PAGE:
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It has been learned the fact that living cells need to be supplied with O2, nutrients, and other vital substances. Additionally, the waste or harmful substances created must be eliminated continuously to ensure the health of tissues. It is , therefore, crucial to have efficient methods to move these substances to cells and out of the cells. Different animal species have come up with different ways for transport. Simple animals such as sponges and coelenterates move the water around them through their bodies in order to enable cells to exchange the substances. More advanced organisms make use of specific fluids inside the body to carry these substances. It is blood that is most widely used fluid in the body by the majority of higher-level organisms, including humans, for this reason. A different fluid in the body, lymph aids in the transportation of specific substances. The chapter in this section, you’ll discover the structure and properties of blood as well as the lymph (tissue liquid) and the way in which they assist in the circulation of blood will be explained in the chapter. 18.1 BLOOD is unique connective tissue made up of a fluid matrix plasma, and a variety of formed elements. 

18.1.1 Plasma Plasma is a viscous, straw-colored fluid, which makes up almost 55 percent of blood. 90-92 percent in plasma are water. proteins make up 6-8 percent of it. Albumins, globulins, and fibrinogen are the main proteins. BODY FLUIDS and CHAPTER 18 OF CIRCULATION 18.1 The blood 18.2 Lymph (Tissue Fluid) 18.3 Circulatory Pathways 18.4 Double Circulation 18.5 Regulation of Cardiac Activity 18.6 Conditions of the Circulatory System 2022-23 BODY FLUIDS and Circulation 279 Fibrinogens are essential for coagulation or clotting of blood. Globulins are principally involved in the defense mechanism of the body. The albumins aid in maintaining the maintaining the balance of osmotic pressure. Plasma also has small amounts of minerals such as Na+, Ca++ Mg++, HCO3 – Cl-. amino acids, glucose as well as lipids. are also present in the plasma because they travel constantly throughout the body. Factors involved in coagulation, or clotting blood are also found in the plasma, but in their inactive state. Plasma that does not contain factors that coagulate is known as serum. 18.1.2 The Formed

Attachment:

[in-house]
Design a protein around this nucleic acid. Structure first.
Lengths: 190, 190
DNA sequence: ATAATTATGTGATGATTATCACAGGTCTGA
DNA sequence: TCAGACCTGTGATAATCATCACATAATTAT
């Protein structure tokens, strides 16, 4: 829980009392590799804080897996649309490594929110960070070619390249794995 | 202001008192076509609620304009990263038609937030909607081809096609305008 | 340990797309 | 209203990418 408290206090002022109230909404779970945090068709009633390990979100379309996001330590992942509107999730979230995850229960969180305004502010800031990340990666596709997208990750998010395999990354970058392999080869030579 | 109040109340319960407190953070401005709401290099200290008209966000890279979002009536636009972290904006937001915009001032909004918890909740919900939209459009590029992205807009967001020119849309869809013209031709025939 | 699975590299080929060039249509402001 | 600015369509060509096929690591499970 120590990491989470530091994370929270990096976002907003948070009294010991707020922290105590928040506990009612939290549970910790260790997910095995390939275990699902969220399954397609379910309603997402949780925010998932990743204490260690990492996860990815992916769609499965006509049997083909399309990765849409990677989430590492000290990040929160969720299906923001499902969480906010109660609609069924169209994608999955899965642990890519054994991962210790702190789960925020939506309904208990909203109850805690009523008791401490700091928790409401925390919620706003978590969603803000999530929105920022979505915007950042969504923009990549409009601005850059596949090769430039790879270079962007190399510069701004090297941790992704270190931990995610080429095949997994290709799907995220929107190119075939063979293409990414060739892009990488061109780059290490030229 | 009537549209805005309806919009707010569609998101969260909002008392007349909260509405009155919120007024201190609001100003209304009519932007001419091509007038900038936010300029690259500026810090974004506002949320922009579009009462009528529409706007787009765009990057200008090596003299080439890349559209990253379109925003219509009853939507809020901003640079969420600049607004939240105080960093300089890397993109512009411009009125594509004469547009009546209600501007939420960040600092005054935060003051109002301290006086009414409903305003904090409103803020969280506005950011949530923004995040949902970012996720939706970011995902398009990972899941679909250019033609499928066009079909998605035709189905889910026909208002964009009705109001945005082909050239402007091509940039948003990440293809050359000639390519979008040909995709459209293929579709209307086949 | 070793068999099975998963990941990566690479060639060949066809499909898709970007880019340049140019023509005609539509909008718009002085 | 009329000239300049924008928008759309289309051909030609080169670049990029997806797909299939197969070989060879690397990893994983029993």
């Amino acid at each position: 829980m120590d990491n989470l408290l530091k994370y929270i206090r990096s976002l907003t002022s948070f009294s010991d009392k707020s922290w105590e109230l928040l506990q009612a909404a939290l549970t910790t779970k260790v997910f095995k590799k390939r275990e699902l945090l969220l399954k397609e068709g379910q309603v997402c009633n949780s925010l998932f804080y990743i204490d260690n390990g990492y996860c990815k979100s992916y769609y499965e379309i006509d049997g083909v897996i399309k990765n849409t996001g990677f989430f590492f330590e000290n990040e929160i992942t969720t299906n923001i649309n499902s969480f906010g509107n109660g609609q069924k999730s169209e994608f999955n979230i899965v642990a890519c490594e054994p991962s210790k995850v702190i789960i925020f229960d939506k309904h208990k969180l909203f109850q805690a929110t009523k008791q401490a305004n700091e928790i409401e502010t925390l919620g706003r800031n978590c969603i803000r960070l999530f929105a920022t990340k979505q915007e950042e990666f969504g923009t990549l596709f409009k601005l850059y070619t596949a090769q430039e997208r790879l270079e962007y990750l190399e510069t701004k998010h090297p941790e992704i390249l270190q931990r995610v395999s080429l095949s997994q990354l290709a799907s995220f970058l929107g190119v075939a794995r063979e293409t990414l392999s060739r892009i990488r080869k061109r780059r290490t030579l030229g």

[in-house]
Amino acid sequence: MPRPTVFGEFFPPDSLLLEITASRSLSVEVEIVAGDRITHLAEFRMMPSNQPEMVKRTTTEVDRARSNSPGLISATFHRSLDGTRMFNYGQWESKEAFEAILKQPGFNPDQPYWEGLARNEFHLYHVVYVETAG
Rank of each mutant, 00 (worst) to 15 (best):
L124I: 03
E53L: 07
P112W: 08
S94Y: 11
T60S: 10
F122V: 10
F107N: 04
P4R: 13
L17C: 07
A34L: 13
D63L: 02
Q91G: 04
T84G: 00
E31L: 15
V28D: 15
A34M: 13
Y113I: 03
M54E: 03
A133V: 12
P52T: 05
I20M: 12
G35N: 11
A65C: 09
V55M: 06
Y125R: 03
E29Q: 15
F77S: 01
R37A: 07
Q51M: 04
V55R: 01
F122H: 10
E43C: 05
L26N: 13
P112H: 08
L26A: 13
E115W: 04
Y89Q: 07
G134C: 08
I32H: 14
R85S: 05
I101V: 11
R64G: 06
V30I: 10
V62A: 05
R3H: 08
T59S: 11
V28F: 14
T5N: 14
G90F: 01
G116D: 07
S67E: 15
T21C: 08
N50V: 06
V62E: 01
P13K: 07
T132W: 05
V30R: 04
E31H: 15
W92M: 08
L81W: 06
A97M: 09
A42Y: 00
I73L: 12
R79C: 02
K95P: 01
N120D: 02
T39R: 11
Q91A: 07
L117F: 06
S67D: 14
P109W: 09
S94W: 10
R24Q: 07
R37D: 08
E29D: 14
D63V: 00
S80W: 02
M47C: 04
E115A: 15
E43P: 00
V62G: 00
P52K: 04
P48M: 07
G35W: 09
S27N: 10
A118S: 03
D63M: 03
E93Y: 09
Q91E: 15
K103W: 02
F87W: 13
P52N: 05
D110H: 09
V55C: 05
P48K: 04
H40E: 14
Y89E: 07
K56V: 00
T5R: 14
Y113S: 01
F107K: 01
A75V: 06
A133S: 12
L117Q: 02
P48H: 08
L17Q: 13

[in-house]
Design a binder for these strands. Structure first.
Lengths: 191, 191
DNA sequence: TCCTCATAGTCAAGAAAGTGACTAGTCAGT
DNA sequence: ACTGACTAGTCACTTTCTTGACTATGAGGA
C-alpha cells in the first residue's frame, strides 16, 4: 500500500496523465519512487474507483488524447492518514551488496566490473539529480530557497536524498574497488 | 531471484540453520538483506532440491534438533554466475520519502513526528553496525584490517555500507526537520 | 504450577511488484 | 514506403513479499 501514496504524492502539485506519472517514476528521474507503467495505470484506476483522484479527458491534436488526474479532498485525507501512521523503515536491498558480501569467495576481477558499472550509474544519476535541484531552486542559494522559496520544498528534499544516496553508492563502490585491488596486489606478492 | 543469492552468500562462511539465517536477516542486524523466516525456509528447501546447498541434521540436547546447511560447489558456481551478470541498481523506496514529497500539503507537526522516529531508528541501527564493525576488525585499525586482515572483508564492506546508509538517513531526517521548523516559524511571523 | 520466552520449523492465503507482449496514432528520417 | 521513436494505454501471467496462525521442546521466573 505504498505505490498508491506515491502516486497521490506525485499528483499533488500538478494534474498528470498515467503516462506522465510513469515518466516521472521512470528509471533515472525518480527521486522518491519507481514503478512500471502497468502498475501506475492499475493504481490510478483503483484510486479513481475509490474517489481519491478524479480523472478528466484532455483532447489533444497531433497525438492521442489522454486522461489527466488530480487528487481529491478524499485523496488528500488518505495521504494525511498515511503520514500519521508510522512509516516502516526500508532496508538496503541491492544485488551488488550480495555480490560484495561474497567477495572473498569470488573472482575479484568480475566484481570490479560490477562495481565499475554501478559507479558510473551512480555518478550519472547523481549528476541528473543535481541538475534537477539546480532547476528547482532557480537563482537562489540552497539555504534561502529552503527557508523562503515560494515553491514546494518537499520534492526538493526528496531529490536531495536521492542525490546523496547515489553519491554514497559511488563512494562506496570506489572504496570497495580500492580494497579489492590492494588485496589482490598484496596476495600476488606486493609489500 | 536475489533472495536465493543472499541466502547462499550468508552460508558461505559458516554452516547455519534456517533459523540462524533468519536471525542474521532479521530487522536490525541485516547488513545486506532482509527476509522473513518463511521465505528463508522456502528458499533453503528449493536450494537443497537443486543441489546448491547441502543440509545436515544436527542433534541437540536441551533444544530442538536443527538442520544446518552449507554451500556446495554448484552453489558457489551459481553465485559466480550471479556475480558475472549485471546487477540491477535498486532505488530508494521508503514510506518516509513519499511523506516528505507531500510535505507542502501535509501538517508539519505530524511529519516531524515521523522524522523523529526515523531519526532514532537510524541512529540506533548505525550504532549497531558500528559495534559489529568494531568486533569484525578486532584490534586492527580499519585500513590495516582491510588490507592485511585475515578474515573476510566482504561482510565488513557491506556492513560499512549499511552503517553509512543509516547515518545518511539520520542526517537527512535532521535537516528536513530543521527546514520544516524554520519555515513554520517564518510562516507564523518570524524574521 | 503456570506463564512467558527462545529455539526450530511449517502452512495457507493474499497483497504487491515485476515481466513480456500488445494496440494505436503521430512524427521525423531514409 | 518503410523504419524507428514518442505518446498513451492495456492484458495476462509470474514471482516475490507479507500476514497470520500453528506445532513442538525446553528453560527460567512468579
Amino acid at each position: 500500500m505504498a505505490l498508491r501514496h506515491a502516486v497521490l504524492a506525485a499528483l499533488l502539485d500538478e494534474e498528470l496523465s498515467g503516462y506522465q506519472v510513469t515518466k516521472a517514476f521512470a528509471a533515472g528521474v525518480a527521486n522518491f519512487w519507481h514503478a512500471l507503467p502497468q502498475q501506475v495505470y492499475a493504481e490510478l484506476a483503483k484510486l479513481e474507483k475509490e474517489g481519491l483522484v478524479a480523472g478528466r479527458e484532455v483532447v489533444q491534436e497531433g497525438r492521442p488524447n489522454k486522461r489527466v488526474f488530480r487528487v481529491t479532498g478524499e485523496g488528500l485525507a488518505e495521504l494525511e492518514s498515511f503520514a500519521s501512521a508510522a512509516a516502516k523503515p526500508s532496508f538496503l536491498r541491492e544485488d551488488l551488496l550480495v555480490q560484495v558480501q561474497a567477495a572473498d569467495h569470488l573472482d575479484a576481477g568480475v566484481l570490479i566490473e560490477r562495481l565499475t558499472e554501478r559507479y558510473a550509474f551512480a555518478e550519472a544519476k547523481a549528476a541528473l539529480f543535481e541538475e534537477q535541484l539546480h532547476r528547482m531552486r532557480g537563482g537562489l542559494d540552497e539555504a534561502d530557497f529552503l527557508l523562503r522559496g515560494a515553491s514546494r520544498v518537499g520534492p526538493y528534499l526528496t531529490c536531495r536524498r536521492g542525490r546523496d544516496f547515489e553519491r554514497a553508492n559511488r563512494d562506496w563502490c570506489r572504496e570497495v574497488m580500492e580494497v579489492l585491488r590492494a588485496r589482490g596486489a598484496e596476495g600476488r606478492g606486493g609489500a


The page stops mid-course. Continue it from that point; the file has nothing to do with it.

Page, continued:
Elements: Erythrocytes leucocytes, and platelets are known as made elements (Figure 18.1) and make up nearly 45 percent of blood. Red blood cells or erythrocytes (RBC) represent the most abundant of blood cells. A healthy adult is able to count, on average, between 5 and 5.5 million of RBCs per millimeter of blood. RBCs are made by the red bone marrow in adults. They lack nucleus in the majority of mammals, and are biconcave in shape. They’re red in colour iron-containing complex haemoglobin protein. This is the color and name the cells. A healthy person has between 12 and 16 grams of haemoglobin for every 100 millilitres of blood. These molecules play a crucial function in transporting respiratory gasses. RBCs are able to live an average duration of 120 days following when they are destroyed by the spleen (graveyard of RBCs). Leucocytes can also be referred to by the name of”white blood cells” (WBC) since they are colorless because they lack haemoglobin. They are nucleated and less numerous, and the number ranges from 6000-8000 mm-3 blood.